2) Wiring pen
This is the method I use for MOST of my projects, therefore I’ll be biased if asked about how easy / convenient / cost effective it is. You can use any sort of IC sockets, and copper clad board with either prototype pads or standard strips. I tend to use the standard stripboard as the prototype variants with IC pads tend to be much more expensive, and may well waste available space if a mix of IC socket widths are to be used. The standard ‘Road Runner’ wiring pen I use is about UKP 10, with the wire costing about the same as wire-wrap wire. As the enamel insulation is ‘burned’ off the wire at the time of soldering, a hot iron (400C, Weller 8-9 bit) will be needed. Note that toxic fumes are released during this operation so adequate ventilation MUST be used!!
Wire from the pen is first wrapped a few times around the chosen IC socket pin, then routed to the next via plastic castellated strips or combs. After soldering the layout is far neater and compact than by wire wrapping, but far more difficult to correct if need be. If care is taken, it IS possible to use the technique on simpler analog and digital designs without the use of the combs.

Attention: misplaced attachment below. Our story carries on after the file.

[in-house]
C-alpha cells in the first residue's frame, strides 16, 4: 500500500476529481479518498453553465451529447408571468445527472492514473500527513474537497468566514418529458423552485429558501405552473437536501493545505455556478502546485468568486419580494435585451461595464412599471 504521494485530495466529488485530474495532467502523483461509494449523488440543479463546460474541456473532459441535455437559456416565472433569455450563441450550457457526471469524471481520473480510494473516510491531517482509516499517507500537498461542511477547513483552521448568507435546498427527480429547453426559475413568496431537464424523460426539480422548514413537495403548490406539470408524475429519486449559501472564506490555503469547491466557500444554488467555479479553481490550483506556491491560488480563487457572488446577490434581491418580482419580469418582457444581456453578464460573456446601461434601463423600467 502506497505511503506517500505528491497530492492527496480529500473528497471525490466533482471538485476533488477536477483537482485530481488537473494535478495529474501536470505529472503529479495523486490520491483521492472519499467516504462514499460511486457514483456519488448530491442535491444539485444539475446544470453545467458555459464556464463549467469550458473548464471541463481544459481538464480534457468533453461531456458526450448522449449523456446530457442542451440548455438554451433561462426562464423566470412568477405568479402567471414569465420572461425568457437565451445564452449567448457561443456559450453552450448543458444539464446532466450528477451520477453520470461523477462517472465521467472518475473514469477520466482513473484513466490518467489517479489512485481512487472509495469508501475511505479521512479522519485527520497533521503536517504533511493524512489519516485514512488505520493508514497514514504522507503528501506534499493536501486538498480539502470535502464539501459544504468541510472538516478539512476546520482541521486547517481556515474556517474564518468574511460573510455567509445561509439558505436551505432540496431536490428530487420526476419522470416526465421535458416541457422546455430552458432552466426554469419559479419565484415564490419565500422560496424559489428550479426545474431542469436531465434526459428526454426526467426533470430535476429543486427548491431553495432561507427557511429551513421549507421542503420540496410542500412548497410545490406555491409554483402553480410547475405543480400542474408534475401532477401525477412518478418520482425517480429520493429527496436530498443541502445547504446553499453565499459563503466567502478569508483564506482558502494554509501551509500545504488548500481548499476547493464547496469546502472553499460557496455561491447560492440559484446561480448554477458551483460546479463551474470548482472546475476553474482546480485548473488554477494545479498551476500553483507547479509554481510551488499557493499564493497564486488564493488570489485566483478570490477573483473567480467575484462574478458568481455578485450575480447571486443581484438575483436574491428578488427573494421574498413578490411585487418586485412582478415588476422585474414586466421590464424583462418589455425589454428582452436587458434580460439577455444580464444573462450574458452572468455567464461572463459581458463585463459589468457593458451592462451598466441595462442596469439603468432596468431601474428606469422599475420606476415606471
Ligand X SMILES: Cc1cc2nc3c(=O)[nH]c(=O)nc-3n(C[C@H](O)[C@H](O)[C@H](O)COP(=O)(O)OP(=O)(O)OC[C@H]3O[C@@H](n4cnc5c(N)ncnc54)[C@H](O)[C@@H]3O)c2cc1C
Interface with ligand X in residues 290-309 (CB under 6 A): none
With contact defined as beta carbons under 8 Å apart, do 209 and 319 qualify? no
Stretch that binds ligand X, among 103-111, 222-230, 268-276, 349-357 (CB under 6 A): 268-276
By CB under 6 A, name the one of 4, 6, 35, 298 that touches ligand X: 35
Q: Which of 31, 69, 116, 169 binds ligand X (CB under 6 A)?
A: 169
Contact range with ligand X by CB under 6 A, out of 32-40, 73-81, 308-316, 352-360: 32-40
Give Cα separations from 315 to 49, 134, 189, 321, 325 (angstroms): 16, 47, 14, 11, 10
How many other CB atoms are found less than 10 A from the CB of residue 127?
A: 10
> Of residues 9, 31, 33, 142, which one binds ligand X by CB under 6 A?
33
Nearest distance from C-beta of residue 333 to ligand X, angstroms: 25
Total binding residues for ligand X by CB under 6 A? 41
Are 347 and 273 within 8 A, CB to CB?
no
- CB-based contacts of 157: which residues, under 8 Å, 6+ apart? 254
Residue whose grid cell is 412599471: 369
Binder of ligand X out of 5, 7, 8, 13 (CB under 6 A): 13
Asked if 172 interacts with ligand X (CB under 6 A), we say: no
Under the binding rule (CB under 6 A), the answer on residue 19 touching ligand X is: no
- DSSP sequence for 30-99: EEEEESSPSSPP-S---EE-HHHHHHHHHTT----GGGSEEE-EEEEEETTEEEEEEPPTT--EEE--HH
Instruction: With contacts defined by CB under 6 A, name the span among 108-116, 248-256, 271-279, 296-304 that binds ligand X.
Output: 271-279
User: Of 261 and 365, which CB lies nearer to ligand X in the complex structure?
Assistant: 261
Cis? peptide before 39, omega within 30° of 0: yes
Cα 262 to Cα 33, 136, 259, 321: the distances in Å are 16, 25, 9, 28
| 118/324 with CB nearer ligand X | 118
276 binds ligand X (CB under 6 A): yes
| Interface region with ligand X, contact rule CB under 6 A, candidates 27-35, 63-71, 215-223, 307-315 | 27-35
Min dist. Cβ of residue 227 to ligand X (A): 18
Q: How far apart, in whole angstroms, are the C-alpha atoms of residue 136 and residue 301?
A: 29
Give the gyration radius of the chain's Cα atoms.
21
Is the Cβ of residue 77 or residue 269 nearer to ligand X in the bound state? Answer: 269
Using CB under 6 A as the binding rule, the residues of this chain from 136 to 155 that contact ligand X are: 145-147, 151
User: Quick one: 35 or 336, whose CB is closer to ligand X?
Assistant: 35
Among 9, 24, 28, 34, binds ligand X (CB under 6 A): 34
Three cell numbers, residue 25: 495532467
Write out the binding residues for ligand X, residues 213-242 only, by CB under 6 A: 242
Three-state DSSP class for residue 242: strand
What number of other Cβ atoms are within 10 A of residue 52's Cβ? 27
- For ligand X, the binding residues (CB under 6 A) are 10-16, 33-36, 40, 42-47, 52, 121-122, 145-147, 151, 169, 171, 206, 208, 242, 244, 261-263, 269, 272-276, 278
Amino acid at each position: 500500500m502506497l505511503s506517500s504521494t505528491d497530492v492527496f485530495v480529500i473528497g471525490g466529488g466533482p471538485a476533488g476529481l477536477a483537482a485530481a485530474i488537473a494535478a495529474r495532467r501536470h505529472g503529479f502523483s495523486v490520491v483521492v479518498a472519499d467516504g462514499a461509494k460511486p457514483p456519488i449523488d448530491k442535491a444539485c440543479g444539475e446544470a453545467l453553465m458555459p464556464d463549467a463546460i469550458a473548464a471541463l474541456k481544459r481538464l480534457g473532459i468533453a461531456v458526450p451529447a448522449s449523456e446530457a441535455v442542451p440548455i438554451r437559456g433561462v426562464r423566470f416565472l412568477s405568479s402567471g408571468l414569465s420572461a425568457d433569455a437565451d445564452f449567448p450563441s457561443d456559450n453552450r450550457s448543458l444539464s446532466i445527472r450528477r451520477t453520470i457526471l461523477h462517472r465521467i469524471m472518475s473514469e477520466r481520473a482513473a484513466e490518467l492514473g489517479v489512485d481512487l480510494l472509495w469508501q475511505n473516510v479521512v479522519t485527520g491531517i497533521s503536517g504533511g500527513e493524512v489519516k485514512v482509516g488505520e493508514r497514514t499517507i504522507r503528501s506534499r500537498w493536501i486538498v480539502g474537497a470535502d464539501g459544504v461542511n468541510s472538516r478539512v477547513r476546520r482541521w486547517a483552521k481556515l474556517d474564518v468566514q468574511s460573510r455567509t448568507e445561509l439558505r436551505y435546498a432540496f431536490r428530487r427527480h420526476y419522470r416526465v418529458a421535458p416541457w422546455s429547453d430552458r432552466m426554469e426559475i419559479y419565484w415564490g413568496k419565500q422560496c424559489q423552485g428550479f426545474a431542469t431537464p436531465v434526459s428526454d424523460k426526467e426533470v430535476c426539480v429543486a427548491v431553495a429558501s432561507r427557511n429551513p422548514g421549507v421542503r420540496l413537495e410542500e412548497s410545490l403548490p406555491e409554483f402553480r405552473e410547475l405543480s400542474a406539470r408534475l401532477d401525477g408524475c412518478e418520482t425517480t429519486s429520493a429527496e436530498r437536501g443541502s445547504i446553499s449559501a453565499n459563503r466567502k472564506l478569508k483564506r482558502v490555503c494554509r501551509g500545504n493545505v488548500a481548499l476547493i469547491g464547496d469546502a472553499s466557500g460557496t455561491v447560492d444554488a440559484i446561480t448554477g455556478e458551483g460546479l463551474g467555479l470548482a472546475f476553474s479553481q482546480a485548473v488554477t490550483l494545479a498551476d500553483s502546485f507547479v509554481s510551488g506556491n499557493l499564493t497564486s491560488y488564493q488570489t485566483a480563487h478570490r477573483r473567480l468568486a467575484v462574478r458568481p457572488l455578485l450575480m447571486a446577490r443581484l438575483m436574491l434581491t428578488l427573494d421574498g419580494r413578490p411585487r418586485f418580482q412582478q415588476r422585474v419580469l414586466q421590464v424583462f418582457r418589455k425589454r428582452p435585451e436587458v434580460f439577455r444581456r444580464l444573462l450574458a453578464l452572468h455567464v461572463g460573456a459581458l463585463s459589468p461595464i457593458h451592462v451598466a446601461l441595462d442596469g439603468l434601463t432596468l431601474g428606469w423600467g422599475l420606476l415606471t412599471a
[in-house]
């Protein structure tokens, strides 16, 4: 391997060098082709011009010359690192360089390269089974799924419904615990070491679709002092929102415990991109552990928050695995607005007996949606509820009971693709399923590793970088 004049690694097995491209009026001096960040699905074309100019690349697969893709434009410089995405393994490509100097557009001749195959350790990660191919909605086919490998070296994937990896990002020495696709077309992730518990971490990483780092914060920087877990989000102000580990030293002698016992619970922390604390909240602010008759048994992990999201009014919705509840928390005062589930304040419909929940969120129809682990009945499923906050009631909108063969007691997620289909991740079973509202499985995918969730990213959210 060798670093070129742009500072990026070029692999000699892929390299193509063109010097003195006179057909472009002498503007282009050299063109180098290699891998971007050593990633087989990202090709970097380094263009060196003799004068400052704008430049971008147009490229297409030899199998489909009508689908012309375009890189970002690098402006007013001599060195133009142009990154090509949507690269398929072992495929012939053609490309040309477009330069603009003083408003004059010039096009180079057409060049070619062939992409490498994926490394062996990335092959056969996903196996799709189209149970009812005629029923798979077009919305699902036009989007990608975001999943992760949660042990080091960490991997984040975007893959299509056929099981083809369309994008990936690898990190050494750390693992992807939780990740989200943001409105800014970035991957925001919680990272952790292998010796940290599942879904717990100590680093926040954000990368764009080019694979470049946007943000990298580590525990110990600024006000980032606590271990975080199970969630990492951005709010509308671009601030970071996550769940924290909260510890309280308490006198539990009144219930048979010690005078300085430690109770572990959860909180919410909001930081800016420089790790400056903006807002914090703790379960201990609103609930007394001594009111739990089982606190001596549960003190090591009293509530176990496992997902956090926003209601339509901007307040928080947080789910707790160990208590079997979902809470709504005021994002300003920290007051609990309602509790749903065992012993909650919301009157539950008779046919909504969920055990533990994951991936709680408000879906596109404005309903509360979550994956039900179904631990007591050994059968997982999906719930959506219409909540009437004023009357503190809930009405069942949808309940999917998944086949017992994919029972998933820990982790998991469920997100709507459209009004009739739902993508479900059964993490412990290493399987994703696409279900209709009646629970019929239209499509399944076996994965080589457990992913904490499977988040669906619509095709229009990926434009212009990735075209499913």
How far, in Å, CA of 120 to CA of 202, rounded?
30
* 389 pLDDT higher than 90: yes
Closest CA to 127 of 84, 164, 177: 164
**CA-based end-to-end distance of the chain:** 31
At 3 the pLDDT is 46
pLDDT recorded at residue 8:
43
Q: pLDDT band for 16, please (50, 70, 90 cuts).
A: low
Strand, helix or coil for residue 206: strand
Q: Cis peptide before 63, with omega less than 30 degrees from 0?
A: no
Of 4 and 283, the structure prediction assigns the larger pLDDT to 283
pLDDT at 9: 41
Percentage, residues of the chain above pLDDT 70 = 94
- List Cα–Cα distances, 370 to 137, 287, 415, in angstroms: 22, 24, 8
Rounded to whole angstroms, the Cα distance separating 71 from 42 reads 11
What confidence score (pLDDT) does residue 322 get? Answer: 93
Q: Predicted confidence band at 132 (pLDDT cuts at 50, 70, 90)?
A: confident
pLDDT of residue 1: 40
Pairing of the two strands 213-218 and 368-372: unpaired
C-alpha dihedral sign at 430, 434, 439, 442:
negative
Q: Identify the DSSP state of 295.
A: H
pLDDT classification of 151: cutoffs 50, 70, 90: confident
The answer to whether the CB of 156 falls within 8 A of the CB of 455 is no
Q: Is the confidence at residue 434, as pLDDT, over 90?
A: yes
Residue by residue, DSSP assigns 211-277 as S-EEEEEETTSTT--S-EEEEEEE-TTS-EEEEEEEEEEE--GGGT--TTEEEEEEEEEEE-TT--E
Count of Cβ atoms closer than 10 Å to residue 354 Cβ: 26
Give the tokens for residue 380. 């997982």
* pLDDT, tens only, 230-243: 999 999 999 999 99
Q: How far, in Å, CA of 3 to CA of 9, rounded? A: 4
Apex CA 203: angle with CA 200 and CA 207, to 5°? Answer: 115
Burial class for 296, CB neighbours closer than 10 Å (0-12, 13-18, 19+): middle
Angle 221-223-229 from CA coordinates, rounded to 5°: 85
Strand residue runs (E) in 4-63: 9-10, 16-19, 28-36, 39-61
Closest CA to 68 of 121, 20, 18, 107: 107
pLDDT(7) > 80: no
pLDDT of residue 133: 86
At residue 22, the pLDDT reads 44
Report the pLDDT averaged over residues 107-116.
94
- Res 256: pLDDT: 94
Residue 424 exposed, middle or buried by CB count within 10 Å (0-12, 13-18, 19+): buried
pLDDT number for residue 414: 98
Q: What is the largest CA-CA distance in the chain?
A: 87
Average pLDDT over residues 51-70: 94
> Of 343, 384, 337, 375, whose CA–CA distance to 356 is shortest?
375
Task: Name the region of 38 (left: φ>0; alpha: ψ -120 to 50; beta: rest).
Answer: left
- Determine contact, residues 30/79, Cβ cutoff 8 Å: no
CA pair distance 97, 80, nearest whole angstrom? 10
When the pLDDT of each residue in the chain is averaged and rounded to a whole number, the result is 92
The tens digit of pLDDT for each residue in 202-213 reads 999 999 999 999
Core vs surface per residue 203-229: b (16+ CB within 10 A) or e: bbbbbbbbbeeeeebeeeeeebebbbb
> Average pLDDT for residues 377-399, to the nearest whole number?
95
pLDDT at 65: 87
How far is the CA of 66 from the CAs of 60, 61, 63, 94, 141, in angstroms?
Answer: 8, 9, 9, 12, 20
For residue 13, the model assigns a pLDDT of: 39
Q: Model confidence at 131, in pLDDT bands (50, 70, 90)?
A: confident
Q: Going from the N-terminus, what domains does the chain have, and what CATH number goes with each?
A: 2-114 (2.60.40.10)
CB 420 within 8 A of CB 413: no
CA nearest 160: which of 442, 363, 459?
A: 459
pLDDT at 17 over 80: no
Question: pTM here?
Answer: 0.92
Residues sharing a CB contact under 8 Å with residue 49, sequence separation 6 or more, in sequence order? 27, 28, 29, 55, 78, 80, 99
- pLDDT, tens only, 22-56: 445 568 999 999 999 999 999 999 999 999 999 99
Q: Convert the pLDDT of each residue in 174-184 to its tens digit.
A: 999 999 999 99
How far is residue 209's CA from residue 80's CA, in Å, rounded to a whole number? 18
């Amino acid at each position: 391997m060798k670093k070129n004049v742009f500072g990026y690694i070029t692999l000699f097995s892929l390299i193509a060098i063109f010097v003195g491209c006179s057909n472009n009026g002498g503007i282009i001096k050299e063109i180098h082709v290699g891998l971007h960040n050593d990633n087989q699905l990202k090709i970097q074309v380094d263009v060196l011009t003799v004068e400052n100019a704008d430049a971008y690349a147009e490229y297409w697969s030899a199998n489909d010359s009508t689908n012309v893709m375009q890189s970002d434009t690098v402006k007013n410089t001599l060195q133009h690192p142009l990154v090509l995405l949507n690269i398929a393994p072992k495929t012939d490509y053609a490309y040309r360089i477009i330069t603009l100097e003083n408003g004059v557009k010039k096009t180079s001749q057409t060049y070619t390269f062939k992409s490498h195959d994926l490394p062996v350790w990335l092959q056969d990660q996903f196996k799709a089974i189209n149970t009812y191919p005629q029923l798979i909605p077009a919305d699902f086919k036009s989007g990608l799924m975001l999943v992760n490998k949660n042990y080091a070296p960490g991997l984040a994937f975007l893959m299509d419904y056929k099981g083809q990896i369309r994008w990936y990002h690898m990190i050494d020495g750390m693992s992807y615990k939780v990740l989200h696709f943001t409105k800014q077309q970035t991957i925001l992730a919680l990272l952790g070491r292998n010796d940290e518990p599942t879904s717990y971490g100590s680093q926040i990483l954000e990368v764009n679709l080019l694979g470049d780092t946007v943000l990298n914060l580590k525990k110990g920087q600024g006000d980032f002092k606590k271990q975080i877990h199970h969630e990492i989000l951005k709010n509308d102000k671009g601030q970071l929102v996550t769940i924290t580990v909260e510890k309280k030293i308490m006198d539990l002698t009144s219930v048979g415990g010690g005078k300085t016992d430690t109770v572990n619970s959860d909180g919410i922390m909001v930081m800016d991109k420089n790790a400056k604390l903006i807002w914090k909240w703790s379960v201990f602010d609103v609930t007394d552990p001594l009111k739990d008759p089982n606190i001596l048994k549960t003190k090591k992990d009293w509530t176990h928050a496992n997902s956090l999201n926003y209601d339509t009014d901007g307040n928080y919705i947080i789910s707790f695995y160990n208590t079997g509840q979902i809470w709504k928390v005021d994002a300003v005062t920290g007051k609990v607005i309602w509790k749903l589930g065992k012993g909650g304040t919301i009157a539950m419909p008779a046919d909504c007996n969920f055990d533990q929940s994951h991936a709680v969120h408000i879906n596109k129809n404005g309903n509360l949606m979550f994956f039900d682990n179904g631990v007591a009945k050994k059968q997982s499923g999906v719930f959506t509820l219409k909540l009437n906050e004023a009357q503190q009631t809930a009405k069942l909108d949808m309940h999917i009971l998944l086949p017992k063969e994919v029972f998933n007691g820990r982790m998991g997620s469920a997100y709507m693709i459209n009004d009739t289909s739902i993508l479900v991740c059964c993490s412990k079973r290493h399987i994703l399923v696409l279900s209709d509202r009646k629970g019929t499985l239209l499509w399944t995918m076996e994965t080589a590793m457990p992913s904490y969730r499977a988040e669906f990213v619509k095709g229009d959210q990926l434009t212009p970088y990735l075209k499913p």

Other makes of wiring pens exist, all of which are used in a similar manner.
In keeping with hints about actual component layout elsewhere on this site, it is highly unlikely that there will be any issues in this area, regardless of wiring method used, AS LONG as the clock frequencies are kept down. If it is necessary to use frequencies of 40 and 50MHz on the board from an oscillator, the ‘live’ clock runs should be kept as physically short as possible.